Fiat has finally pulled the plug on the Punto supermini after 13 years in service, but, amazingly, it’s not actually because last year it became the first car ever to score zero stars in Euro NCAP crash testing.
The model has simply run its useful life span, says Fiat, which has kept the would-be Fiesta rival in production simply because Europe’s supermini market has stayed too large for Fiat not to have at least a half-hearted competitor.
It’s rare for any car model to last 13 years in production these days, so perhaps we should honour the venerable but largely underwhelming Punto as a low-key success, but if it is, it’s one with a bitter end.
The car spent precious little of its life in any real condition to rival the best superminis in the class. There were hidden highlights in the shape of two underrated but eccentric Sporting models, one with a punchy 1.9-litre diesel as a warm-hatch alternative to the first Skoda Fabia vRS, and another with lightning-quick steering and an amusingly punchy turbocharged 1.4-litre Multiair engine.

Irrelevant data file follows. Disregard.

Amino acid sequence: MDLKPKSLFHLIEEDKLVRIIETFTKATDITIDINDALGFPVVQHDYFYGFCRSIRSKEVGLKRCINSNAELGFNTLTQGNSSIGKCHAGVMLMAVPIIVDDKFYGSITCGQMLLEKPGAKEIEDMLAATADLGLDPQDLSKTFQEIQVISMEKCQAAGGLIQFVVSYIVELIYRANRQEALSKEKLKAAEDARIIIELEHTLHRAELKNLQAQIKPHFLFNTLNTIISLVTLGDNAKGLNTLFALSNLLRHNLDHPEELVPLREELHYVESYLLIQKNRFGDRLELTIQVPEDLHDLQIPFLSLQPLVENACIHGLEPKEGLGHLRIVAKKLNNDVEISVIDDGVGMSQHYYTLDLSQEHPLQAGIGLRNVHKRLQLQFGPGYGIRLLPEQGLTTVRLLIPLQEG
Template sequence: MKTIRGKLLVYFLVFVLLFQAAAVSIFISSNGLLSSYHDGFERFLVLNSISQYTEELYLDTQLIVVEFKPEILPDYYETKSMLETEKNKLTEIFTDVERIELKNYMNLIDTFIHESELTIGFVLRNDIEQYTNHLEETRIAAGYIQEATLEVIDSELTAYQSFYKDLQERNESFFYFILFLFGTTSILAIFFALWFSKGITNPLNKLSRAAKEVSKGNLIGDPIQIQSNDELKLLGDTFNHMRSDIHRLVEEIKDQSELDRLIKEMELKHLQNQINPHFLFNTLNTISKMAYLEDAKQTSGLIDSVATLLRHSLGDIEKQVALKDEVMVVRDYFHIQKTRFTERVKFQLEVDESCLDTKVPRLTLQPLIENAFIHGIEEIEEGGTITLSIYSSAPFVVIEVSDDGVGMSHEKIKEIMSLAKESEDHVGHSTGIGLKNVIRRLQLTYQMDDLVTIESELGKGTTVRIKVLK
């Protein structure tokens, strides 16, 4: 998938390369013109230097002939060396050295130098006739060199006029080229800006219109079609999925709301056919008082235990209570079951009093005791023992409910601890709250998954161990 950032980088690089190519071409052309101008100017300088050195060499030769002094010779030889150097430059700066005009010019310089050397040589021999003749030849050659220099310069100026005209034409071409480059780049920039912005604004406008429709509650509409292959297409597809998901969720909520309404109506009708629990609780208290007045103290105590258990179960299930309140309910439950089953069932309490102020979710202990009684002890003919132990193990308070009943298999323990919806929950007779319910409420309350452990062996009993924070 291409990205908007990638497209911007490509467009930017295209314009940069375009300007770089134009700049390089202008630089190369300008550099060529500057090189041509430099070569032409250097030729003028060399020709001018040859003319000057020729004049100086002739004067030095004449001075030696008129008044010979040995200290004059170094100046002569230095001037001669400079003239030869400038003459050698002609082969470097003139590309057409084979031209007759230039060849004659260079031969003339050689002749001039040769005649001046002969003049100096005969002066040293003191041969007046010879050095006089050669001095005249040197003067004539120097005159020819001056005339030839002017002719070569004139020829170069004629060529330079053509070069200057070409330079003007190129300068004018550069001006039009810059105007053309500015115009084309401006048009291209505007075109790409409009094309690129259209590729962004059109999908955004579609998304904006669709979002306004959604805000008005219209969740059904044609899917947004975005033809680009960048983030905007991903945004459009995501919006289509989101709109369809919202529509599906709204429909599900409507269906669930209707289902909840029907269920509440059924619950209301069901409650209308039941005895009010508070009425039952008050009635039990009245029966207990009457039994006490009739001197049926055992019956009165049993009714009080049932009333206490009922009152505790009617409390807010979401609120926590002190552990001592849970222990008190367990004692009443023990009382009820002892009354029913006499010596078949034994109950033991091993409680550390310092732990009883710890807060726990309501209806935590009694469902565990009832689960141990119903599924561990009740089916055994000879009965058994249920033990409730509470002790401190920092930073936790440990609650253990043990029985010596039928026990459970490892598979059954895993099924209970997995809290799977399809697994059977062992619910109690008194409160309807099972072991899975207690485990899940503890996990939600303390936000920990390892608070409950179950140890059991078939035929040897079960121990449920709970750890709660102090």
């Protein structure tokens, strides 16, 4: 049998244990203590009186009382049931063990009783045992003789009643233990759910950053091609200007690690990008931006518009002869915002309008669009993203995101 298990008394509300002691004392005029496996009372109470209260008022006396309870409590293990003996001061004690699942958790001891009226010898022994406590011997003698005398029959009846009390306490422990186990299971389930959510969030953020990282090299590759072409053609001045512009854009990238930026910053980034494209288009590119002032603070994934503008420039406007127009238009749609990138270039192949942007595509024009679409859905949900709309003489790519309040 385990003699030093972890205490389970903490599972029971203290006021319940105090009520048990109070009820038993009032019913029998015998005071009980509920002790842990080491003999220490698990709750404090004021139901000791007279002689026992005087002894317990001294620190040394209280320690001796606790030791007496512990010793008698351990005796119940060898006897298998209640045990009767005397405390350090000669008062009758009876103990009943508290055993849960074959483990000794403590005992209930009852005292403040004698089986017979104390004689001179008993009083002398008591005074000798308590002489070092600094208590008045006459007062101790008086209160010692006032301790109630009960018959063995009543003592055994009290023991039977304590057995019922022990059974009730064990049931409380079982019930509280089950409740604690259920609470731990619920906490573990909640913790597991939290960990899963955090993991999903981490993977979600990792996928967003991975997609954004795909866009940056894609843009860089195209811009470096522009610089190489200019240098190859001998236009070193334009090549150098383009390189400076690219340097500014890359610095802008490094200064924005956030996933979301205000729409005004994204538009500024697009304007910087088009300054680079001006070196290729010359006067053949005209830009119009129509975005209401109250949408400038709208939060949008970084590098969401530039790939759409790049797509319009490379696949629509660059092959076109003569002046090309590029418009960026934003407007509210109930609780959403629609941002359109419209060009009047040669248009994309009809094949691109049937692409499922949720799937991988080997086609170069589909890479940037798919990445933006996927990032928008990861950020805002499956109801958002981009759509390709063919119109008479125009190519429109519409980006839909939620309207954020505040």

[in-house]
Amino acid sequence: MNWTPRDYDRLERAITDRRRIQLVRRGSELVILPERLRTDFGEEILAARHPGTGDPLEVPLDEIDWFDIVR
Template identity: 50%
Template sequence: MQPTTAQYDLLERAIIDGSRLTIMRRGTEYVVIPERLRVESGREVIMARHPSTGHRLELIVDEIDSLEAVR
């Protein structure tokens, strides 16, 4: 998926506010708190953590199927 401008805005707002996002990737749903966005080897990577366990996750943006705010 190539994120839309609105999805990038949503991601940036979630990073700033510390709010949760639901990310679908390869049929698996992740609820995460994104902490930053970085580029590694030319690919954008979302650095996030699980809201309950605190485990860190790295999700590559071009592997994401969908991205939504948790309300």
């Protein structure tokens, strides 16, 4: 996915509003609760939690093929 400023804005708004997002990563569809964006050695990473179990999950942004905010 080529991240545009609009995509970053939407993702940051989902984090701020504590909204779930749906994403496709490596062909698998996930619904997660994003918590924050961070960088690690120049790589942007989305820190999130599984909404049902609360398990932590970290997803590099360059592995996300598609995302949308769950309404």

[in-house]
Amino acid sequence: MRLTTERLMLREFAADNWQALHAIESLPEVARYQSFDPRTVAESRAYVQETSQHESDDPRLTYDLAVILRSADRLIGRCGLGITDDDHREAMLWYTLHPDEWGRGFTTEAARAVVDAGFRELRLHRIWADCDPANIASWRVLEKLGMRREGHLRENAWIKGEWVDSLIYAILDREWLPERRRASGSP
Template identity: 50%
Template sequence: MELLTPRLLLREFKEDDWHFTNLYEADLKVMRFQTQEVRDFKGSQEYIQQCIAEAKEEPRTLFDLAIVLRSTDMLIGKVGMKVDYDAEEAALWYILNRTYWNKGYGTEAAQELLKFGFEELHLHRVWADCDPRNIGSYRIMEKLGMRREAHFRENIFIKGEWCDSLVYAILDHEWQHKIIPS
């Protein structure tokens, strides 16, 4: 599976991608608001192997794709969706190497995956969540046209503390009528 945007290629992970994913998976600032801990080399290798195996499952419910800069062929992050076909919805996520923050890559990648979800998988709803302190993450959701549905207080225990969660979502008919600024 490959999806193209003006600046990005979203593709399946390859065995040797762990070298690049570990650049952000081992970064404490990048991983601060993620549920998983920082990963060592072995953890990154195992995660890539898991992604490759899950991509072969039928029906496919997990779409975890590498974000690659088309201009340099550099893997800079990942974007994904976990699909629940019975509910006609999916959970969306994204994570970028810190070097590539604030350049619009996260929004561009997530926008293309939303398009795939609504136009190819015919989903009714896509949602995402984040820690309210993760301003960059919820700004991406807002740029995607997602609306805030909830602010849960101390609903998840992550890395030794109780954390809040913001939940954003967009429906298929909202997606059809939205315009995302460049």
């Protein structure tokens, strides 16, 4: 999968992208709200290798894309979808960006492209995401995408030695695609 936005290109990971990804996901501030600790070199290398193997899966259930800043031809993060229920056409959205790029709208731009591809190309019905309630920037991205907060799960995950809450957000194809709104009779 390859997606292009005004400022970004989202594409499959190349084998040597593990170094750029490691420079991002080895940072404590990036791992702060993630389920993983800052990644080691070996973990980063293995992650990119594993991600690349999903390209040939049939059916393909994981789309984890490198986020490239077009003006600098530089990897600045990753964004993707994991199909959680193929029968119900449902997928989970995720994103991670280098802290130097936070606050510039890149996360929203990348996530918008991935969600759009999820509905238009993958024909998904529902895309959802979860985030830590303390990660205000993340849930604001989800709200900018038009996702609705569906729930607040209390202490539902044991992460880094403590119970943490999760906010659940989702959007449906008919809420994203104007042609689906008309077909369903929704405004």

At its launch in 2005 it was called the Grande Punto, replacing its smaller and even tinnier predecessor, which had no Grande. A rename to Punto Evo in 2009 did little to improve the car’s fortunes as rivals like the Volkswagen Polo sauntered off into the distance. Fiat seemed to realise the futility as it reverted to ‘Punto’ with a second facelift in 2012, but by then the competition was even stronger.
Along the way there was also an Abarth version. It dangled from the bottom end of the hot hatch market with just 155bhp from a development of the same 1.4-litre engine used in the regular Sporting. An Esseesse (SS) version bumped that to a handier 180bhp, and in this trim the Grande Punto finally found some talent – but too little, too late.
Although low prices kept sales ticking over, especially in mainland Europe where nasty plastics seem to be less important than the ability to absorb as much superficial damage as possible without breaking the bank, a zero-star result in the late 2017 Euro NCAP tests did rather a lot to persuade people to spend a little more on something with greater crash safety than a packet of crisps.
In the Punto’s place will be another expansion of the successful ‘500’ sub-brand, which currently spans the 500, 500C, 500L and 500X, all of which have multiple derivatives. An estate version of the 500 will roughly fill the Punto’s boots.